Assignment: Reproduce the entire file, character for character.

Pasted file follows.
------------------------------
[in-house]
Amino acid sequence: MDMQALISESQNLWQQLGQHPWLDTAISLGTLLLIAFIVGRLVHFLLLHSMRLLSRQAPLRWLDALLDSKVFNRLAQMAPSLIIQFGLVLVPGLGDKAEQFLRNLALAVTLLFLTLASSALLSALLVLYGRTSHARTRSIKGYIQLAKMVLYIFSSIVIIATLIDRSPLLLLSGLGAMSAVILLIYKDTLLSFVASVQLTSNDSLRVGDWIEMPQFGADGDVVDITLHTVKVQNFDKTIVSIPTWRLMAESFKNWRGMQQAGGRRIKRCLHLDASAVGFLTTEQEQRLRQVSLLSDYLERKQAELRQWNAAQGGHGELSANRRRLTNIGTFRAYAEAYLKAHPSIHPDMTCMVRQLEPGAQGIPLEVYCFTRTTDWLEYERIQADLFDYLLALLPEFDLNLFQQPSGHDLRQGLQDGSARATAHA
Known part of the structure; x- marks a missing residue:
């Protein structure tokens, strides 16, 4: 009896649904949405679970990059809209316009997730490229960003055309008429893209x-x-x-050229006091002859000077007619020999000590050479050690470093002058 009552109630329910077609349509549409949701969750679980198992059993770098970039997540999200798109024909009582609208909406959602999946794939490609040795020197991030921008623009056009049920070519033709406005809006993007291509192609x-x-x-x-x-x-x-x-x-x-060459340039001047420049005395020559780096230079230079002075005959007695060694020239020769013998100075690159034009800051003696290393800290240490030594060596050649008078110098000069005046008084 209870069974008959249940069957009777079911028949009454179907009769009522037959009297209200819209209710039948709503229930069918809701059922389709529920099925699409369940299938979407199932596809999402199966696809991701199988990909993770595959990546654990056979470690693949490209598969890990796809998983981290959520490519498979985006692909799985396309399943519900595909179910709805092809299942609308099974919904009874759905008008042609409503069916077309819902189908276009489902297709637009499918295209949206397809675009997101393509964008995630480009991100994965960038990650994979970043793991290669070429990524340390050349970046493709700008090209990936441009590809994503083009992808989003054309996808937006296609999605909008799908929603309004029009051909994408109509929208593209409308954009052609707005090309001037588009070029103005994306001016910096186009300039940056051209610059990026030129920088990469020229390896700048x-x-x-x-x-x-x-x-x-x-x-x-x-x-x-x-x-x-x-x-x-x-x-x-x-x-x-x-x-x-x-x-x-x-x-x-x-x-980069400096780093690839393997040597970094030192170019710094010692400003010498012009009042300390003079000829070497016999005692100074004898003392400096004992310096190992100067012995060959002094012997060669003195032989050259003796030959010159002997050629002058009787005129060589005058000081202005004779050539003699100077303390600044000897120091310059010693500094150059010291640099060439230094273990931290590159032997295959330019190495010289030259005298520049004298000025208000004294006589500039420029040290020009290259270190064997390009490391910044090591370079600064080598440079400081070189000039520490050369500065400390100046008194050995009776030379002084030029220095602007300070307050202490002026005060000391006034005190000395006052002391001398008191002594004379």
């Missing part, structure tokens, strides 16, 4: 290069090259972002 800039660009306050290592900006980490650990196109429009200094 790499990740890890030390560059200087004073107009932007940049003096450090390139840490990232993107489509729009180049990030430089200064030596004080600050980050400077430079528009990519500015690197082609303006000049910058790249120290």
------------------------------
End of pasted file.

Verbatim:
[in-house]
Amino acid sequence: MDMQALISESQNLWQQLGQHPWLDTAISLGTLLLIAFIVGRLVHFLLLHSMRLLSRQAPLRWLDALLDSKVFNRLAQMAPSLIIQFGLVLVPGLGDKAEQFLRNLALAVTLLFLTLASSALLSALLVLYGRTSHARTRSIKGYIQLAKMVLYIFSSIVIIATLIDRSPLLLLSGLGAMSAVILLIYKDTLLSFVASVQLTSNDSLRVGDWIEMPQFGADGDVVDITLHTVKVQNFDKTIVSIPTWRLMAESFKNWRGMQQAGGRRIKRCLHLDASAVGFLTTEQEQRLRQVSLLSDYLERKQAELRQWNAAQGGHGELSANRRRLTNIGTFRAYAEAYLKAHPSIHPDMTCMVRQLEPGAQGIPLEVYCFTRTTDWLEYERIQADLFDYLLALLPEFDLNLFQQPSGHDLRQGLQDGSARATAHA
Known part of the structure; x- marks a missing residue:
């Protein structure tokens, strides 16, 4: 009896649904949405679970990059809209316009997730490229960003055309008429893209x-x-x-050229006091002859000077007619020999000590050479050690470093002058 009552109630329910077609349509549409949701969750679980198992059993770098970039997540999200798109024909009582609208909406959602999946794939490609040795020197991030921008623009056009049920070519033709406005809006993007291509192609x-x-x-x-x-x-x-x-x-x-060459340039001047420049005395020559780096230079230079002075005959007695060694020239020769013998100075690159034009800051003696290393800290240490030594060596050649008078110098000069005046008084 209870069974008959249940069957009777079911028949009454179907009769009522037959009297209200819209209710039948709503229930069918809701059922389709529920099925699409369940299938979407199932596809999402199966696809991701199988990909993770595959990546654990056979470690693949490209598969890990796809998983981290959520490519498979985006692909799985396309399943519900595909179910709805092809299942609308099974919904009874759905008008042609409503069916077309819902189908276009489902297709637009499918295209949206397809675009997101393509964008995630480009991100994965960038990650994979970043793991290669070429990524340390050349970046493709700008090209990936441009590809994503083009992808989003054309996808937006296609999605909008799908929603309004029009051909994408109509929208593209409308954009052609707005090309001037588009070029103005994306001016910096186009300039940056051209610059990026030129920088990469020229390896700048x-x-x-x-x-x-x-x-x-x-x-x-x-x-x-x-x-x-x-x-x-x-x-x-x-x-x-x-x-x-x-x-x-x-x-x-x-x-980069400096780093690839393997040597970094030192170019710094010692400003010498012009009042300390003079000829070497016999005692100074004898003392400096004992310096190992100067012995060959002094012997060669003195032989050259003796030959010159002997050629002058009787005129060589005058000081202005004779050539003699100077303390600044000897120091310059010693500094150059010291640099060439230094273990931290590159032997295959330019190495010289030259005298520049004298000025208000004294006589500039420029040290020009290259270190064997390009490391910044090591370079600064080598440079400081070189000039520490050369500065400390100046008194050995009776030379002084030029220095602007300070307050202490002026005060000391006034005190000395006052002391001398008191002594004379």
């Missing part, structure tokens, strides 16, 4: 290069090259972002 800039660009306050290592900006980490650990196109429009200094 790499990740890890030390560059200087004073107009932007940049003096450090390139840490990232993107489509729009180049990030430089200064030596004080600050980050400077430079528009990519500015690197082609303006000049910058790249120290």